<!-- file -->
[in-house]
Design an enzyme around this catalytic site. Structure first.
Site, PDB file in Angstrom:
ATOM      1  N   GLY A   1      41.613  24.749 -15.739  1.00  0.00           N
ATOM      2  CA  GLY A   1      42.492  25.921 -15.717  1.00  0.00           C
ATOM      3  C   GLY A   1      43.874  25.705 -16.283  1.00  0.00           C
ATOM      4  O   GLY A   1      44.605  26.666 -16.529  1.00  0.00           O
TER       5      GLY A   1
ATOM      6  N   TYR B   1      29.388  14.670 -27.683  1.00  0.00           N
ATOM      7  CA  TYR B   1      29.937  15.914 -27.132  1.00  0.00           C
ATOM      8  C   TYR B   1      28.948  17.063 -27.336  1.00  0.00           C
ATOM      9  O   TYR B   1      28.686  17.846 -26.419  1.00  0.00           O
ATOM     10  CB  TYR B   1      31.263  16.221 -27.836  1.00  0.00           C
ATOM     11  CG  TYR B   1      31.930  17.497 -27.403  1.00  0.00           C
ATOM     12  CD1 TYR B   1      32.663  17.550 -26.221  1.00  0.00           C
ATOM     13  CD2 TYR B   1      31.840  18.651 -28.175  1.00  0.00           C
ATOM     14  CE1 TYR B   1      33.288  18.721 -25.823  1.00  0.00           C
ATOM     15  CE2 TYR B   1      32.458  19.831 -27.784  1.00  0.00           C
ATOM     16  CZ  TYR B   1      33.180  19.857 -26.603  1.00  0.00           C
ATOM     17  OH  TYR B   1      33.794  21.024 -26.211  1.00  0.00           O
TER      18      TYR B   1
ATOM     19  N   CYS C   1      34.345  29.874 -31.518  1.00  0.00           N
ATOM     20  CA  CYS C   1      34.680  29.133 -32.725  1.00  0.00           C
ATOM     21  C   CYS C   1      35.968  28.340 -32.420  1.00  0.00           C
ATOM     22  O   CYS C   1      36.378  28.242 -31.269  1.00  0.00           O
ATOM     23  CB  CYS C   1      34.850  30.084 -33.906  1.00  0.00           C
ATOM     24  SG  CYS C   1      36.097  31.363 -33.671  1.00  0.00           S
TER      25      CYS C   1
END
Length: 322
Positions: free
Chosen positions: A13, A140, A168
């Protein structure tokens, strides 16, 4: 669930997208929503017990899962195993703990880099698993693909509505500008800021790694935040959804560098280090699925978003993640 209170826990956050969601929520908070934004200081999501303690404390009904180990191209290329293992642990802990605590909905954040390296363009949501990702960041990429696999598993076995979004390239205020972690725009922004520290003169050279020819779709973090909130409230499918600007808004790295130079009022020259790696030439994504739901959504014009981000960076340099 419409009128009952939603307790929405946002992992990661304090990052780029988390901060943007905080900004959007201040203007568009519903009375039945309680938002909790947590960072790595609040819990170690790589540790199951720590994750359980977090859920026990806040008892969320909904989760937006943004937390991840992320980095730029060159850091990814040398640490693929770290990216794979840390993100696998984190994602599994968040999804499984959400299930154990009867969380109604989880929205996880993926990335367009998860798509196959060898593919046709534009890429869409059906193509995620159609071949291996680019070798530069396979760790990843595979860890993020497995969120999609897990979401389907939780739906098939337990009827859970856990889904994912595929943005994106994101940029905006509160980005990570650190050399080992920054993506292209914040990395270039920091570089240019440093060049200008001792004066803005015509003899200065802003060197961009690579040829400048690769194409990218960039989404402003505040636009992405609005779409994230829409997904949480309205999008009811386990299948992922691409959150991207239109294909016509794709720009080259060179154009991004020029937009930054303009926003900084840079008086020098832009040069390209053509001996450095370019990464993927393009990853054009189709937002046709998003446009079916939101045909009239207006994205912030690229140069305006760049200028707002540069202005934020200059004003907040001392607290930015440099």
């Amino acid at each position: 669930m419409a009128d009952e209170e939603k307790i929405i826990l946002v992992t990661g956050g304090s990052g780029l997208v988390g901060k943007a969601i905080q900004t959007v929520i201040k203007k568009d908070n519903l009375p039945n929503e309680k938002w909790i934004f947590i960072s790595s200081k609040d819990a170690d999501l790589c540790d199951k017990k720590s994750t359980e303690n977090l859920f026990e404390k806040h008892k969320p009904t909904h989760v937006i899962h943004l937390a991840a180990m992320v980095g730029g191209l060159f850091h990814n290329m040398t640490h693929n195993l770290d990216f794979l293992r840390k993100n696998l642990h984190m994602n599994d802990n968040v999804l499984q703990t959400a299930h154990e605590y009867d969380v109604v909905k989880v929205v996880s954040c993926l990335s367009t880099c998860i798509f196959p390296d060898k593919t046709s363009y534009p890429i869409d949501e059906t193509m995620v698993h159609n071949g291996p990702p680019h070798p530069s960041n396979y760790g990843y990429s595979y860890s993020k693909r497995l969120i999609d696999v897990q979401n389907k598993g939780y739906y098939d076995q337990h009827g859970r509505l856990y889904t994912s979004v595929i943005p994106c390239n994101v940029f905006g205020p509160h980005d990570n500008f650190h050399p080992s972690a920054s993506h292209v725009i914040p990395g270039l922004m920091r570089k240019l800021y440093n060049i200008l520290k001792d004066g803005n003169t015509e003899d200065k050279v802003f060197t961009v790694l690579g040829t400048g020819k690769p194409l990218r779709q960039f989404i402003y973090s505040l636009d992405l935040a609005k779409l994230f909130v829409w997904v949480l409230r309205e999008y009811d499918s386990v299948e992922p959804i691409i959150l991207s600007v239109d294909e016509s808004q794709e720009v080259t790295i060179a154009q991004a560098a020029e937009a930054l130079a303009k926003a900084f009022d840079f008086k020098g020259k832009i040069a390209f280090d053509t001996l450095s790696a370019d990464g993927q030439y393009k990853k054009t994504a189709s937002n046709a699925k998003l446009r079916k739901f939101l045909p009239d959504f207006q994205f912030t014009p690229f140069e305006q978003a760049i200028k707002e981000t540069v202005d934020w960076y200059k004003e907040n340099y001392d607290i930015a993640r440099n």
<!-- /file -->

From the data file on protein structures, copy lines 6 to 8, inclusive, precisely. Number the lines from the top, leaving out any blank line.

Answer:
ATOM      3  C   GLY A   1      43.874  25.705 -16.283  1.00  0.00           C
ATOM      4  O   GLY A   1      44.605  26.666 -16.529  1.00  0.00           O
TER       5      GLY A   1